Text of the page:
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African Leaders Congratulate Tshisekedi   
 
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20-Jan-2019  
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Felix Tshisekedi
 
 
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Two African presidents have congratulated Democratic Republic of Congo opposition leader Felix Tshisekedi for winning last month's presidential poll, despite the African Union saying it had "serious doubts" about the result.

The constitutional court ruled that Mr Tshisekedi had won after rejecting a challenge from rival Martin Fayulu.

He said Mr Tshisekedi made a deal with outgoing President Joseph Kabila.

Mr Tshisekedi's team denies this.

Kenya's President Uhuru Kenyatta and South Africa President Cyril Ramaphosa both sent their congratulations.

Mr Ramaphosa called on all parties "to respect the decision of the constitutional court and commit to continue with a journey of consolidating peace".

The southern African regional group, Sadc, has also welcomed Mr Tshisekedi's victory saying that all Congolese should support the president-elect in his bid to maintain "unity, peace and stability".

The African Union, which was supposed to send a delegation to the DR Congo on Monday, has now postponed the trip.

On Friday, it had called on the court to refrain from ruling on the result of the vote.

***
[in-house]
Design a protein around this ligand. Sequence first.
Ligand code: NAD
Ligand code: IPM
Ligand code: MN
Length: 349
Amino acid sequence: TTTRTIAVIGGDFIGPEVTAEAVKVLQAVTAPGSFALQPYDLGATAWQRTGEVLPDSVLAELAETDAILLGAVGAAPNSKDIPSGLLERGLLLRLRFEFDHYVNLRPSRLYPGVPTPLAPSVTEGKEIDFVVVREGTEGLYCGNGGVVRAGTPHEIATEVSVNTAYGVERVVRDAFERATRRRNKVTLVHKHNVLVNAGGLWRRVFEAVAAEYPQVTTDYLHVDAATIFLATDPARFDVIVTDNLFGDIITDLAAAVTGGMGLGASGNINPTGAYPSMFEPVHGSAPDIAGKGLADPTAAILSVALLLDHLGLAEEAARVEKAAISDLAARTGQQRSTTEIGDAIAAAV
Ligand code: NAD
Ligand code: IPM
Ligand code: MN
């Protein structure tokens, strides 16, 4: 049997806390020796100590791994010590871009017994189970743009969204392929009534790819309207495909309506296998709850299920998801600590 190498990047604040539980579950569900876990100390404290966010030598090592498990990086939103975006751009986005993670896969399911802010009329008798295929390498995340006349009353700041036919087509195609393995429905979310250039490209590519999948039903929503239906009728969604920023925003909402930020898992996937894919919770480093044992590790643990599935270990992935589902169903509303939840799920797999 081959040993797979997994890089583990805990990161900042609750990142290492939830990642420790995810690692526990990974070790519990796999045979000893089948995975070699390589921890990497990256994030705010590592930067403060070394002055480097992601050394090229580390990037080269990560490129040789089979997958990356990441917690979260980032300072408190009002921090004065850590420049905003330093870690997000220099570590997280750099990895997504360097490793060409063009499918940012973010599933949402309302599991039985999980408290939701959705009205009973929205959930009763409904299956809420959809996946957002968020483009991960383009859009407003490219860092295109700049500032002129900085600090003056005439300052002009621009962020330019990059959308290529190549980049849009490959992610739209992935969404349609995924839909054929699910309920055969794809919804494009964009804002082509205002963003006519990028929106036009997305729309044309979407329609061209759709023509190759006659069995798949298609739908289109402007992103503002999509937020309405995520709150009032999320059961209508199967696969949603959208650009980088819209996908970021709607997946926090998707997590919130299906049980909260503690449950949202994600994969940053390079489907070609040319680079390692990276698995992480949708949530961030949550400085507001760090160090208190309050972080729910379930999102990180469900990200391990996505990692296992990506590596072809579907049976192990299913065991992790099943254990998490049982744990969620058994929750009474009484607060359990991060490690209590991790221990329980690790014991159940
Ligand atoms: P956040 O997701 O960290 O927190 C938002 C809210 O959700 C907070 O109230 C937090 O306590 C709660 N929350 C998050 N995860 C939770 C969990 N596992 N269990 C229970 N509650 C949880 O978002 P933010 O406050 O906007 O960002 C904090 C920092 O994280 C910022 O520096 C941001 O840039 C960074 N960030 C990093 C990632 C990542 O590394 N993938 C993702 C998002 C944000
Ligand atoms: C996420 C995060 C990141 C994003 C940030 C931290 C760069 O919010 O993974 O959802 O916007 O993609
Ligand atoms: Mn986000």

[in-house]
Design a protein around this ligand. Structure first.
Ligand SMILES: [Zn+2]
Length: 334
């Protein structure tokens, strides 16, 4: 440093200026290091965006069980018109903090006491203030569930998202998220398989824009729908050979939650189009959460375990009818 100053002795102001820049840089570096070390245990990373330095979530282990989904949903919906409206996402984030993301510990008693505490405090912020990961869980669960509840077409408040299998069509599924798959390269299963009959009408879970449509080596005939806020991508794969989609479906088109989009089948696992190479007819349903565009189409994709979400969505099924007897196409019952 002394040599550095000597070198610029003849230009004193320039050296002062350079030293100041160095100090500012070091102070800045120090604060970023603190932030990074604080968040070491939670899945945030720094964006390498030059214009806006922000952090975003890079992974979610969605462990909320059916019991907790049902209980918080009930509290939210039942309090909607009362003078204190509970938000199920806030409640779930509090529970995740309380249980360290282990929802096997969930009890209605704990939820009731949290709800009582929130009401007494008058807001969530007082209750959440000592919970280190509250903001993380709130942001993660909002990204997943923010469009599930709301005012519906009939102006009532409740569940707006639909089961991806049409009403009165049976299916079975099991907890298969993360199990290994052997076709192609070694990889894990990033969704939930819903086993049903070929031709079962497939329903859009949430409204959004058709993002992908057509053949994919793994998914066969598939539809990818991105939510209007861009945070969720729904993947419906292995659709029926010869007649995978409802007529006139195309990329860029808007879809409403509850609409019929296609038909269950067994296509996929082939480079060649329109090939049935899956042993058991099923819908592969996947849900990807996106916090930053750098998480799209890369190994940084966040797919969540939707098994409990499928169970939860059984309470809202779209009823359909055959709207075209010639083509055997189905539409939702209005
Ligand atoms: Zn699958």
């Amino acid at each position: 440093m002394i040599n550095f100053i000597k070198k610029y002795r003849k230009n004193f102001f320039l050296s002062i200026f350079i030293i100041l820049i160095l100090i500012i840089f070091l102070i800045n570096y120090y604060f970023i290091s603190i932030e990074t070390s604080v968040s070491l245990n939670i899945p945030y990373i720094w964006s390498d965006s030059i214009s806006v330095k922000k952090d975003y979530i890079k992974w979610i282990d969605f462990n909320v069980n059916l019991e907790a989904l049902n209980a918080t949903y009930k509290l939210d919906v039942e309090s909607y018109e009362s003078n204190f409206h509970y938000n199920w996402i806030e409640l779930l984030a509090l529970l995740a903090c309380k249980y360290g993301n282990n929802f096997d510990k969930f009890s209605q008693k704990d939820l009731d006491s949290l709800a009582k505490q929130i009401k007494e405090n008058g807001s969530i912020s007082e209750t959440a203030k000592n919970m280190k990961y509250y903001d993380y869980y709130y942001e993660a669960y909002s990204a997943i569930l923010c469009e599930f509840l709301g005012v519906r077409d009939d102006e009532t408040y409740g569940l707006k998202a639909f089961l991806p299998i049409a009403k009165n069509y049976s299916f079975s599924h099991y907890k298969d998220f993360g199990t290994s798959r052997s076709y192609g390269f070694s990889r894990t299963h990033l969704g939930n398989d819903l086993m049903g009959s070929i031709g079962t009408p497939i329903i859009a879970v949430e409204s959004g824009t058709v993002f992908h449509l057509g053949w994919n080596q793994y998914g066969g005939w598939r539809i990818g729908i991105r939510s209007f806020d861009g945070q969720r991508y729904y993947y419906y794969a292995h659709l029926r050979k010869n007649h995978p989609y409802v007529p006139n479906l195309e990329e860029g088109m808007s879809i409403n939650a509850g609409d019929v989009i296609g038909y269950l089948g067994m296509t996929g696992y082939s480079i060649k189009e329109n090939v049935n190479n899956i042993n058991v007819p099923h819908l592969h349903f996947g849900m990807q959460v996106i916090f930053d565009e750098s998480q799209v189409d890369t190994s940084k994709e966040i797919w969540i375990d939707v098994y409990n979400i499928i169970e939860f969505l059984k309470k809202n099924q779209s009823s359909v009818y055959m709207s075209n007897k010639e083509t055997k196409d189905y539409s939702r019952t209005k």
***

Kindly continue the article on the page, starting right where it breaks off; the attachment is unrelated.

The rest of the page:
What does Martin Fayulu say?

Mr Fayulu, who the electoral commission said was the runner-up in the 30 December election, said he was the "legitimate" president.

Accusations of fraud are supported by comments from some election observers including the influential Catholic Church.

Mr Fayulu said his supporters should organise "non-violent protests all over the country to defend its sovereignty".

How does the constitutional court see it?

The court said Mr Fayulu had failed to prove that the election commission had announced false results.

It went on to declare Felix Tshisekedi "president of the Democratic Republic of Congo by simple majority".

He is now expected to be sworn in within 10 days.

Violence has always accompanied the change of leadership in the country.

But the row over the the results has dented hopes the election could bring the first orderly transfer of power since DR Congo's independence from Belgium in 1960.




 
 
Source: BBC
 
 

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